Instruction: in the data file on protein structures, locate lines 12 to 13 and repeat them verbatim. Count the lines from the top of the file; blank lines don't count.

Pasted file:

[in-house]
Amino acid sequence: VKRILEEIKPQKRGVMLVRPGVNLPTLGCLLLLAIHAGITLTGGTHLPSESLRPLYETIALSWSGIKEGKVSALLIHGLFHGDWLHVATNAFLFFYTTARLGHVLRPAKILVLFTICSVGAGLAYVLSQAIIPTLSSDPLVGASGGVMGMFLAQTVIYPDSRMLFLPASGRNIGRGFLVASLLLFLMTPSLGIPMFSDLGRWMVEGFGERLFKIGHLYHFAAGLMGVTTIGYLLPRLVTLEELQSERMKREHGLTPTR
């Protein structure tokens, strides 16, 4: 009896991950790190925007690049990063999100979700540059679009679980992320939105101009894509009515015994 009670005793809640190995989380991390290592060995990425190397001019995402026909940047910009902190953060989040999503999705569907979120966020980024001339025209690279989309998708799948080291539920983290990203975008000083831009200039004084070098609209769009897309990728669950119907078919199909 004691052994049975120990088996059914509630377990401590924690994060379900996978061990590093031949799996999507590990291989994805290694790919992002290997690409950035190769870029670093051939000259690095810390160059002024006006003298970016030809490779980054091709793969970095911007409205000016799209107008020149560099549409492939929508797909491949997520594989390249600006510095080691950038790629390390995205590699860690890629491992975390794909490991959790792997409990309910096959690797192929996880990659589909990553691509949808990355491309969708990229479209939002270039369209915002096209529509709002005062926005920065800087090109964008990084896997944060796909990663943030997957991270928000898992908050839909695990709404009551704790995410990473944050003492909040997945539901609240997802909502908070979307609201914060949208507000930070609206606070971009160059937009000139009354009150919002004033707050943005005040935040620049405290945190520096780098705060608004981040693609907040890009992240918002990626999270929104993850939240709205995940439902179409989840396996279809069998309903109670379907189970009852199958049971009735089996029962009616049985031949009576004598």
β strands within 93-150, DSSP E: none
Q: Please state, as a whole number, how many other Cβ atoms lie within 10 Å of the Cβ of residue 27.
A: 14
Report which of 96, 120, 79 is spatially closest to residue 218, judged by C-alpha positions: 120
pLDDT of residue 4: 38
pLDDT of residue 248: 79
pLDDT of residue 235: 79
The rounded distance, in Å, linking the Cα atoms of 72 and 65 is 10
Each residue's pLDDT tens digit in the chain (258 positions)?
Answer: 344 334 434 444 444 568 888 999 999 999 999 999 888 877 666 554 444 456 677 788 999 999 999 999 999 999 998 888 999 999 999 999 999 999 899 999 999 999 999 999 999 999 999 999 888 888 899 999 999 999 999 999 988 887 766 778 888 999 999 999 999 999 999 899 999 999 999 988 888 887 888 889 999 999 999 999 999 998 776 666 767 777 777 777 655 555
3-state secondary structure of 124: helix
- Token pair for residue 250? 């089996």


Each residue's pLDDT tens digit in the chain (258 positions)?
Answer: 344 334 434 444 444 568 888 999 999 999 999 999 888 877 666 554 444 456 677 788 999 999 999 999 999 999 998 888 999 999 999 999 999 999 899 999 999 999 999 999 999 999 999 999 888 888 899 999 999 999 999 999 988 887 766 778 888 999 999 999 999 999 999 899 999 999 999 988 888 887 888 889 999 999 999 999 999 998 776 666 767 777 777 777 655 555